Home & Garden Columns
On the morning of Feb. 1, 1895, a Berkeley carpenter by the name of A.E. Spaulding entered Stricker’s cigar store at 2132 Shattuck Ave. Laying a bundle of medications on the counter, he announced that he wished to leave it there. Then he walked to the rear of Durgin & Bleakley, a furniture and undertaking establishment at 2129 Center St. Leaning against a barn, Spaulding shot himself through the heart with a 38-caliber revolver.
While the county’s deputy coroner and the city’s health officer were wrangling about the disposition of the body, it came to light that Spaulding had been afflicted for some time with kidney and gastrointestinal ailments that compelled him to go without food for many days. Letters found in his pocket attested to his deranged state of mind.
Not long before his suicide, Spaulding had made arrangements for a burial casket, but contrary to his own preference, Spaulding’s body was carried down to West Berkeley and back before being taken to an Oakland funeral parlor.
In December 1895, Durgin & Bleakley had another disagreement with the coroner, this time over the body of Charles Starr, whose family wanted him embalmed by the Berkeley undertakers, while the coroner prevailed, sending the corpse to the Albert Brown funeral parlor in Oakland.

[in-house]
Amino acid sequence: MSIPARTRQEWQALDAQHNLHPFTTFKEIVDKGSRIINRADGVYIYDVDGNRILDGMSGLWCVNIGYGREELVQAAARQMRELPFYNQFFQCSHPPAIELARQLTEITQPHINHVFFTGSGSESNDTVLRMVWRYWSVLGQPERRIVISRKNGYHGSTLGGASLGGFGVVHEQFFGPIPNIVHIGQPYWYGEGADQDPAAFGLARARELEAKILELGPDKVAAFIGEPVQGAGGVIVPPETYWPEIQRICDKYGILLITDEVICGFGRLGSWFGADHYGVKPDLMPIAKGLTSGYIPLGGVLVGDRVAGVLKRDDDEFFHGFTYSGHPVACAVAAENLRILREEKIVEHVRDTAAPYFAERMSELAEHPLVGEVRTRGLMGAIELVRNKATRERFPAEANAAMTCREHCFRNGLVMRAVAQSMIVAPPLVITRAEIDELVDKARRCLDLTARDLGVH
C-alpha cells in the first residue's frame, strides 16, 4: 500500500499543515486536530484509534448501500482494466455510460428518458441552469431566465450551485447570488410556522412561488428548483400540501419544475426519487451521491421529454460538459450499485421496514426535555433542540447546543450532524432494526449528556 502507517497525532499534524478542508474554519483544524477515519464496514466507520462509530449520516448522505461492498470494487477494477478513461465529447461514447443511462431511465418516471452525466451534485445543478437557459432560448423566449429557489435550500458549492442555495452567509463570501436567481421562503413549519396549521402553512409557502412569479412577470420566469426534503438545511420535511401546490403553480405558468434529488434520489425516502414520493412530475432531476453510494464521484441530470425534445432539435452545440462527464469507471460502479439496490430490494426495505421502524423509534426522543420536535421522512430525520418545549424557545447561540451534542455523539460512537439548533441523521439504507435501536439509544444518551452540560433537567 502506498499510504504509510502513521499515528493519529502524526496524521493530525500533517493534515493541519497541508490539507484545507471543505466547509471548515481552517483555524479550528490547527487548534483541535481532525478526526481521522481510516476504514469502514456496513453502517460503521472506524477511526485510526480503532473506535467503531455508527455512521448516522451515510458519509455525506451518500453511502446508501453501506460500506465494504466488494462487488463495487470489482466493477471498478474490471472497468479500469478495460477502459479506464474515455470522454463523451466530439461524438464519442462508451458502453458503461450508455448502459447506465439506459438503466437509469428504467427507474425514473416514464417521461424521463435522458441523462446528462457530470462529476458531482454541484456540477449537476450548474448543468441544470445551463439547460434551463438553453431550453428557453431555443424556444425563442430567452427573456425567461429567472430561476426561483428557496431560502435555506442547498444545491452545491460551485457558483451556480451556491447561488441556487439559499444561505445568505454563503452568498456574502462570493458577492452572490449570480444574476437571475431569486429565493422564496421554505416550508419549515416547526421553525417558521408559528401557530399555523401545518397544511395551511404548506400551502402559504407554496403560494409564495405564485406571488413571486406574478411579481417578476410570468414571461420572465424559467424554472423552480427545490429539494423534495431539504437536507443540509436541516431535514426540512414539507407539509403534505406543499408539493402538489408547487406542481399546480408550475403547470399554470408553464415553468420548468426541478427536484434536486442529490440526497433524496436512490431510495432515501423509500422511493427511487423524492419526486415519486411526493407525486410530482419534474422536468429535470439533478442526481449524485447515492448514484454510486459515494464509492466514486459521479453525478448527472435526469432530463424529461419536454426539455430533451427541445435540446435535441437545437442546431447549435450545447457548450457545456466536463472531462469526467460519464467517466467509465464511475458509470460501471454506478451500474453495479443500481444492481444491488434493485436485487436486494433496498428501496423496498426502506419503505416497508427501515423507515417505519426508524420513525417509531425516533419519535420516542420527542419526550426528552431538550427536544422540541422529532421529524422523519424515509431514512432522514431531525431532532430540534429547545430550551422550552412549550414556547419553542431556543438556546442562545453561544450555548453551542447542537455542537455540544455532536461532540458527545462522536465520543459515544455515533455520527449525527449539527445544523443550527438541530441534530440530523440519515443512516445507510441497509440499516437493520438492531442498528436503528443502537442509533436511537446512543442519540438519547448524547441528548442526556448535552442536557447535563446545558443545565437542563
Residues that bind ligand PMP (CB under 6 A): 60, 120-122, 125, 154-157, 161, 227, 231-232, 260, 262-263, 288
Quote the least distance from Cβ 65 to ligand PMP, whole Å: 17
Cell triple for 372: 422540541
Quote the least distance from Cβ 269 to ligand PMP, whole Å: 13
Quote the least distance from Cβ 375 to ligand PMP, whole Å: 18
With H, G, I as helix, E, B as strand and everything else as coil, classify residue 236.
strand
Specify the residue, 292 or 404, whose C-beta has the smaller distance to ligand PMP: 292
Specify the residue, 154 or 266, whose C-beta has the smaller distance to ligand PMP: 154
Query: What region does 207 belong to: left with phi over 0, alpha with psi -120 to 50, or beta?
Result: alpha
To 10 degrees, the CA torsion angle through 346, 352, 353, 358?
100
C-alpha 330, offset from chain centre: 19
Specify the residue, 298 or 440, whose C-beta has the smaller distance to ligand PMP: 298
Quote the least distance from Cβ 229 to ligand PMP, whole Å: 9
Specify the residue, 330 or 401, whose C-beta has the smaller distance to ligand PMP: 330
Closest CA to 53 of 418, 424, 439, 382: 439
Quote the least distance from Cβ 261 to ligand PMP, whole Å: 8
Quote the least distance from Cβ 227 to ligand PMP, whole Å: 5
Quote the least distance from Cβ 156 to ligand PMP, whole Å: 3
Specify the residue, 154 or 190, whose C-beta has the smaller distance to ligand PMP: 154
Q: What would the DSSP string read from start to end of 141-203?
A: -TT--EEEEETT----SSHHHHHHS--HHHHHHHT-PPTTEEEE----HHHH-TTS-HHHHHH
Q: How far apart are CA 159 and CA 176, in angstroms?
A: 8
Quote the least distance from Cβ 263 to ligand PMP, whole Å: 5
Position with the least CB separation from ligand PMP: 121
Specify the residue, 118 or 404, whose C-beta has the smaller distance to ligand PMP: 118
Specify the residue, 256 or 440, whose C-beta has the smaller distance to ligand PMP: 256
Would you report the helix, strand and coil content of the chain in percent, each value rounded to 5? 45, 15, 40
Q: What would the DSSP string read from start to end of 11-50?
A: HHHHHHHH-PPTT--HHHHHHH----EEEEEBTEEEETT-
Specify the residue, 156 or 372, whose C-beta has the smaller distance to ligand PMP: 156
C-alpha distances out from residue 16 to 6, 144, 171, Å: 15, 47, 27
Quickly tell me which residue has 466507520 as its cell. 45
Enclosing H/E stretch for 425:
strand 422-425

Forty-seven years later, the 1943 telephone directory carried a full-page ad for Hull & Sons, Pioneer Funeral Directors and The Little Chapel of the Flowers, 3051 Adeline St. The headline promised “A Reference Built on 50 Years of Service, 1892-1942,” and the tagline signed off, “Serving You for Half a Century.”
The Hull mortuary on Adeline Street had been in business only since 1923, but it was building on its circuitous connection to the original Pioneer Funeral Directors, a name Durgin & Bleakley adopted circa 1900. The exact date of the mortuary’s establishment has yet to be documented, as Durgin & Bleakley did not make an appearance in the city directory until 1895.
Initially, both partners lived on the premises. Within a year, the enterprise had grown sufficiently to separate furniture store from mortuary and residence from business. Frank W. Durgin managed the undertaking half, while Robert Bleakley ran the furniture store.
By 1901, the business had moved down the block to the very heart of downtown Berkeley. An ad in Sunset magazine placed them in the Library Building, 2158-2160 Shattuck Ave.